Instead of protecting people from cyberbullying and fraud, this regulation has been used to attack those who criticize government regulations or policies. It goes further by victimizing people who criticize others in daily life. Some internet users’ posts have been criminalized simply because they contain complaints about something or someone via social media. Journalists writing about state problems have also become victims of this regulation. The Institute for Criminal Justice Reform said the government should pay attention to five crucial issues in this law, because it threatens freedom of expression.

Data protection also remains weak against private digital applications and e-commerce platforms which constantly collect more and more personal information from their customers. When BukaLapak and Tokopedia’s (both are e-commerce platforms in Indonesia) data was breached and reportedly sold on the dark web, there was no significant action from the government. The platforms said that they would upgrade their security. However, there was no compensation or tangible support provided to their customers.

In September 2022, there was another very large data breach containing information on over 105 million citizens from a government institution. The hackers were selling to buyers through a forum site. Again, there is no mechanism for citizens to complain or take action regarding the incident, and little has been done by the government in response to the leak.

What’s next?

Activists say that ideally when there are some parties (private sector, government, etc.) collecting citizens’ data for their own purpose, they should be required to declare how they handle the data, including protection measures, and what they will do in case of a data breach. Customers should also have the right to sue the parties who neglect data protection in the form of class action lawsuits.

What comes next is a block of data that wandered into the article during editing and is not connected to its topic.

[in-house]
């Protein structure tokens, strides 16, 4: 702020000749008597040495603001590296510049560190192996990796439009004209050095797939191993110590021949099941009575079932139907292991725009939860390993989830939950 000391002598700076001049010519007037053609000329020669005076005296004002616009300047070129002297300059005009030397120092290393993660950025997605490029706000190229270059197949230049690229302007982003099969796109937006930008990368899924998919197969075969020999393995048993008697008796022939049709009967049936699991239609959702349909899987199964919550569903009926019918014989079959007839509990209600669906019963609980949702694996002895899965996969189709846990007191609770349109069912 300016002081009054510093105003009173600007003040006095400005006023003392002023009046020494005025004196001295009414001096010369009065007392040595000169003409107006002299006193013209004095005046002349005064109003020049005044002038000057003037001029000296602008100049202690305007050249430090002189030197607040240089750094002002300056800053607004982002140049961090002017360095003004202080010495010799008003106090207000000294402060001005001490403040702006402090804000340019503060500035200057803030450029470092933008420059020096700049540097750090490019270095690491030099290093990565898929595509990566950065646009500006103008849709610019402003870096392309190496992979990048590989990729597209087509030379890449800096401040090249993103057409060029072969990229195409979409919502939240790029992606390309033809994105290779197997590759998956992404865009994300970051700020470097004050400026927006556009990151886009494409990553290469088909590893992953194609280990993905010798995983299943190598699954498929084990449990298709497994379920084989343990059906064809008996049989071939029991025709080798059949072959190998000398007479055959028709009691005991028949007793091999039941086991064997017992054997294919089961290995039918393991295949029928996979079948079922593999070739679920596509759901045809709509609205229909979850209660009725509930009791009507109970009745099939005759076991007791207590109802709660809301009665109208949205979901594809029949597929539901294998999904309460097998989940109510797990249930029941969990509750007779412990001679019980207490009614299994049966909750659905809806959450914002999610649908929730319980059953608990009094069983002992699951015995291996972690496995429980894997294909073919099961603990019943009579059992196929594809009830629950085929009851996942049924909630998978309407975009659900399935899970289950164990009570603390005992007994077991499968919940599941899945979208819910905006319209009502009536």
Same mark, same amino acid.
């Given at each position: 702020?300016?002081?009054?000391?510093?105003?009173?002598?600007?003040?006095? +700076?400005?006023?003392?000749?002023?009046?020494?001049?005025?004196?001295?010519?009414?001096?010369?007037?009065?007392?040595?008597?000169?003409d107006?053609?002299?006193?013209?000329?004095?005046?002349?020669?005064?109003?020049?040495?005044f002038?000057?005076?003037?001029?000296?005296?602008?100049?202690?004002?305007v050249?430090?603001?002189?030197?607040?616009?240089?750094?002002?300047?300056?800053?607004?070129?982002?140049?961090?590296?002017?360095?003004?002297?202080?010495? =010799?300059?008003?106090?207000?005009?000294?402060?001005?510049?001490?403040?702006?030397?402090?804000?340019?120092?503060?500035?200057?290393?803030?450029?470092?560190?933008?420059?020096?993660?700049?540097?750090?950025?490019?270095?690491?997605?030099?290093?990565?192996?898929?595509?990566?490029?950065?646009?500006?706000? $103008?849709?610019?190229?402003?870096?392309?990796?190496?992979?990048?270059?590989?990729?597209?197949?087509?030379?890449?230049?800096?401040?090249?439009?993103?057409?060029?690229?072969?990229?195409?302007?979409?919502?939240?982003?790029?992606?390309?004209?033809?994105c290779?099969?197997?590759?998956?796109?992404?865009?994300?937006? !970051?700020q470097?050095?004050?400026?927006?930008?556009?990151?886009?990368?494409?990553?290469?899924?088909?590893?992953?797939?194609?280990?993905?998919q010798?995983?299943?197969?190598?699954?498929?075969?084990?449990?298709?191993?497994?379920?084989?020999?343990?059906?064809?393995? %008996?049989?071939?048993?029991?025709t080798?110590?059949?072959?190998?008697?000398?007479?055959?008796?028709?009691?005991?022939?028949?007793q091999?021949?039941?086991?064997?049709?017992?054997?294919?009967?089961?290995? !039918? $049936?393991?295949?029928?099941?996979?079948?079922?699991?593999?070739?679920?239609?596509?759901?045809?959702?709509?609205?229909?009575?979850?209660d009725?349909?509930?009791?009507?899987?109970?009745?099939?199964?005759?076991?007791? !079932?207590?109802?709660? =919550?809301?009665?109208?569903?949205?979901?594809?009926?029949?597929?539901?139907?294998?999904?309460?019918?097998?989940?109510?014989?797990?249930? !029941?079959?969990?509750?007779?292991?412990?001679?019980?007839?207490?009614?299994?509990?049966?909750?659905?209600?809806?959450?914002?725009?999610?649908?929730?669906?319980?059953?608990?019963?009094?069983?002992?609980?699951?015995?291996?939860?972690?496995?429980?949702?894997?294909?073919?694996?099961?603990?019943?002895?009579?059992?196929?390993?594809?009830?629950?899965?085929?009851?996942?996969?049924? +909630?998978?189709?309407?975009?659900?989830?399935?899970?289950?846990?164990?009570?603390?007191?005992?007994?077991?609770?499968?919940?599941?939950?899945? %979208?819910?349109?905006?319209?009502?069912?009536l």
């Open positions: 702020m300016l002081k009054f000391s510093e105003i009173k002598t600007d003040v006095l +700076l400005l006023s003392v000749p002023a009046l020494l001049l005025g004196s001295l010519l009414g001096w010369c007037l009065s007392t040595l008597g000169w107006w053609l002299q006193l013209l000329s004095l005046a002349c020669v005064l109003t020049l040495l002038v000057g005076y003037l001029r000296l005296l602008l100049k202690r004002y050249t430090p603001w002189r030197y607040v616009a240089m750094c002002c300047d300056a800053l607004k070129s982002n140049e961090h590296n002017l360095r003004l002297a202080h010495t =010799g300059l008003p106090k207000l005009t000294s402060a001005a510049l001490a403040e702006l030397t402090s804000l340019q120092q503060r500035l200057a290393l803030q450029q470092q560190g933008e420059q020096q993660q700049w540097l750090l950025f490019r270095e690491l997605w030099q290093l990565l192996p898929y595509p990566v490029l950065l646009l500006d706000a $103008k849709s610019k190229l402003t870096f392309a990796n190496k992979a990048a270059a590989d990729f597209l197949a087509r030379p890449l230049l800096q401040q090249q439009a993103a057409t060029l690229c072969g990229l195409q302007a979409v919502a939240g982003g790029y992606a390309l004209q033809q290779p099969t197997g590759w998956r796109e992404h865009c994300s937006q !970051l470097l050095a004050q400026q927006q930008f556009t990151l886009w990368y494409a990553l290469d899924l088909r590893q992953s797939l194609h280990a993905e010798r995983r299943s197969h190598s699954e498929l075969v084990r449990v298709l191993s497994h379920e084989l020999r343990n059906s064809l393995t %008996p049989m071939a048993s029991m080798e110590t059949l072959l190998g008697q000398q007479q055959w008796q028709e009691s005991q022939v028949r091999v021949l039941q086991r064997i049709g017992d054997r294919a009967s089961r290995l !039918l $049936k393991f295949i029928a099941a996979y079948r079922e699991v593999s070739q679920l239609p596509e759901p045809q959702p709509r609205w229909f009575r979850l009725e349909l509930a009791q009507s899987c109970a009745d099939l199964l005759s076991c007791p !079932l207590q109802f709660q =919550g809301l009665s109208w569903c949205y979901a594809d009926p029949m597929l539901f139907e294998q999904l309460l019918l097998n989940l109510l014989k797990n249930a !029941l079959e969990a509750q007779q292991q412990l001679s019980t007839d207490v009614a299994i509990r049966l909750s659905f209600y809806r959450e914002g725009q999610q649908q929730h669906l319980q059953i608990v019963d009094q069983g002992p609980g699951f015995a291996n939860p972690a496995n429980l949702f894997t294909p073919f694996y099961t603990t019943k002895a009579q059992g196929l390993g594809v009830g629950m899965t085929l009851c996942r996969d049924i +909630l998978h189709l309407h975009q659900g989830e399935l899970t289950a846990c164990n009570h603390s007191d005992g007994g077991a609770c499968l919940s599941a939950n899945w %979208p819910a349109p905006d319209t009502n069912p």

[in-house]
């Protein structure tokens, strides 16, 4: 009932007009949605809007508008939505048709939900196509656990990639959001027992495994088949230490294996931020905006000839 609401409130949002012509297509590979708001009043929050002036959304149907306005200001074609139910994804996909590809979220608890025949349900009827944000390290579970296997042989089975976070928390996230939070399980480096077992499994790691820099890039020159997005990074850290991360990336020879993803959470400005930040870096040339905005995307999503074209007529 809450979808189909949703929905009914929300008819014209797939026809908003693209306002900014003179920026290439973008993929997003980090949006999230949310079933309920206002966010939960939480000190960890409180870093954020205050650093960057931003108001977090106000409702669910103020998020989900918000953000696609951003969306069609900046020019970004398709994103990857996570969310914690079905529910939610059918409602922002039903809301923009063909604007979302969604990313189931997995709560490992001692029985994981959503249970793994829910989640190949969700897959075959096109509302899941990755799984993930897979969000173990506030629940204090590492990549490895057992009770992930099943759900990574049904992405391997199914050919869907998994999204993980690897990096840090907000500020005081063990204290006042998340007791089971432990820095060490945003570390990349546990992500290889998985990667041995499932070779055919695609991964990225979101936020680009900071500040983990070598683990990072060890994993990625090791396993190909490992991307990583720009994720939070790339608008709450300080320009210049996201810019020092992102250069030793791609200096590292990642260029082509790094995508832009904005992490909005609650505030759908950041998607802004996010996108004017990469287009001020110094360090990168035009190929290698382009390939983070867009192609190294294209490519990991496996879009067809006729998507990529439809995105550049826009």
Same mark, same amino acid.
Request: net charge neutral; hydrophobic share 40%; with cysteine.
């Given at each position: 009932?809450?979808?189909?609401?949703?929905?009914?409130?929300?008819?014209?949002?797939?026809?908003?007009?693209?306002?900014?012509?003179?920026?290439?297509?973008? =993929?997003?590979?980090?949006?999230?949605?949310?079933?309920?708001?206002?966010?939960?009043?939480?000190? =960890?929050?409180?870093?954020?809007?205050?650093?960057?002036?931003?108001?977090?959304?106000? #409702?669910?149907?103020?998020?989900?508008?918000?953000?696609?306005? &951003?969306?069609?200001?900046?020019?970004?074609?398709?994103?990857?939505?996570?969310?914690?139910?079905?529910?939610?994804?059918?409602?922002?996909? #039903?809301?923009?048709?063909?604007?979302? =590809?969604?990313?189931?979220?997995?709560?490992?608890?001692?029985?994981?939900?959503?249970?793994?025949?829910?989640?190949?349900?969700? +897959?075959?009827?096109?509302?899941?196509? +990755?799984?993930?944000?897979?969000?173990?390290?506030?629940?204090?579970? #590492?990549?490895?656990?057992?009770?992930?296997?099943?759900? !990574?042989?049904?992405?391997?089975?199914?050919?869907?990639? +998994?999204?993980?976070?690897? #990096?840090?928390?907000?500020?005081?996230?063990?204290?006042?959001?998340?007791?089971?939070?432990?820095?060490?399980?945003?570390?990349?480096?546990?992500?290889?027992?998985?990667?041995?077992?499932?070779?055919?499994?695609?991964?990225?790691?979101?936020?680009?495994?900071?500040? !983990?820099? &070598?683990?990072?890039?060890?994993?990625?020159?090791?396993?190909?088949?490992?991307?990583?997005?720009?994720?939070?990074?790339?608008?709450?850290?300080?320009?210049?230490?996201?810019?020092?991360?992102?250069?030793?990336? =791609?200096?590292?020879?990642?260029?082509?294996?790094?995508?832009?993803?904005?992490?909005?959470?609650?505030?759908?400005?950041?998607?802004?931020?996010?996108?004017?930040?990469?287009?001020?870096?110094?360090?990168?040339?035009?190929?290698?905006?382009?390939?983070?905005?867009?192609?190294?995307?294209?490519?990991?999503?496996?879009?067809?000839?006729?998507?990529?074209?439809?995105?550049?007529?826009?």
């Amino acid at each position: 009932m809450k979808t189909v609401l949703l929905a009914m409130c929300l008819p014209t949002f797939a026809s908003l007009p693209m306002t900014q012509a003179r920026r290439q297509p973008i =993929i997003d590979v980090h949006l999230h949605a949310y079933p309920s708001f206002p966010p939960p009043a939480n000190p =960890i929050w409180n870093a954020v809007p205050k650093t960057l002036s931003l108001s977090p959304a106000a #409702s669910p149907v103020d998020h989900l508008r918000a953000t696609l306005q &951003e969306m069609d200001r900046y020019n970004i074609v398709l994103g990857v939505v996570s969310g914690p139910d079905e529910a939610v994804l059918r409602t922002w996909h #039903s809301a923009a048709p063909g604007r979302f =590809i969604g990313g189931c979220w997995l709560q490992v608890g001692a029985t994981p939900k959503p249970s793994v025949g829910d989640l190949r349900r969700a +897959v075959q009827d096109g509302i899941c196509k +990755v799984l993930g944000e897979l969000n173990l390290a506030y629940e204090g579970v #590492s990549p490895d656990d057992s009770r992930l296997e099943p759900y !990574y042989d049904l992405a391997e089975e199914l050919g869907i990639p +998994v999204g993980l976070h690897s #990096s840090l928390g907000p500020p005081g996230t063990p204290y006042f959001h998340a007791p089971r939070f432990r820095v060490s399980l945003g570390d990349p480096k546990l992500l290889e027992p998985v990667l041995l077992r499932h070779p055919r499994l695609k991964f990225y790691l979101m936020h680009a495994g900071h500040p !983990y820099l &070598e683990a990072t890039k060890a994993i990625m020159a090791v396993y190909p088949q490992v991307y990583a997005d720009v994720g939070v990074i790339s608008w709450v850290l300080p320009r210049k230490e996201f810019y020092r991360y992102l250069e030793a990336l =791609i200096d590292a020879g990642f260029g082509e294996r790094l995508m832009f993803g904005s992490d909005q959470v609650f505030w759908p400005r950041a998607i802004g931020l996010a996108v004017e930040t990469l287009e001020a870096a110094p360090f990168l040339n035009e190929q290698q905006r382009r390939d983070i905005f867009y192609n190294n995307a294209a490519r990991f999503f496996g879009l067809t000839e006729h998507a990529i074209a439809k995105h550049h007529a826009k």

Some civil society organizations in Indonesia have joined forces and collected complaints from citizens or the groups who were affected by large-scale leaks. This group hopes to facilitate a class action lawsuit against the government for being negligent in protecting citizen data.

However, justice will only be served if there are data protection regulations that protect citizens overwhelmed by data traffic, e-commerce practices, and private data collection from institutions (including government institutions). Not to mention a system where citizens can file complaints when they think their data might be misused. Then, the complaint needs to be handled by the regulator, who then investigates the case and decides the degree of mistake of the institution.

Within the digital rights sector, there is a lot of work to do now that the personal data protection bill has been passed. Civil society organizations have pointed out that the government seems excluded from the obligation to protect data even if it also collects citizen data on a large scale.

Also, there is still no clarity about which institution will process the data and will be held accountable if there is a leak. Still, there is a long way to go to achieve stronger data protection in Indonesia.

*Juliana Harsianti is an independent researcher and journalist working at the intersection of digital technology and social impact.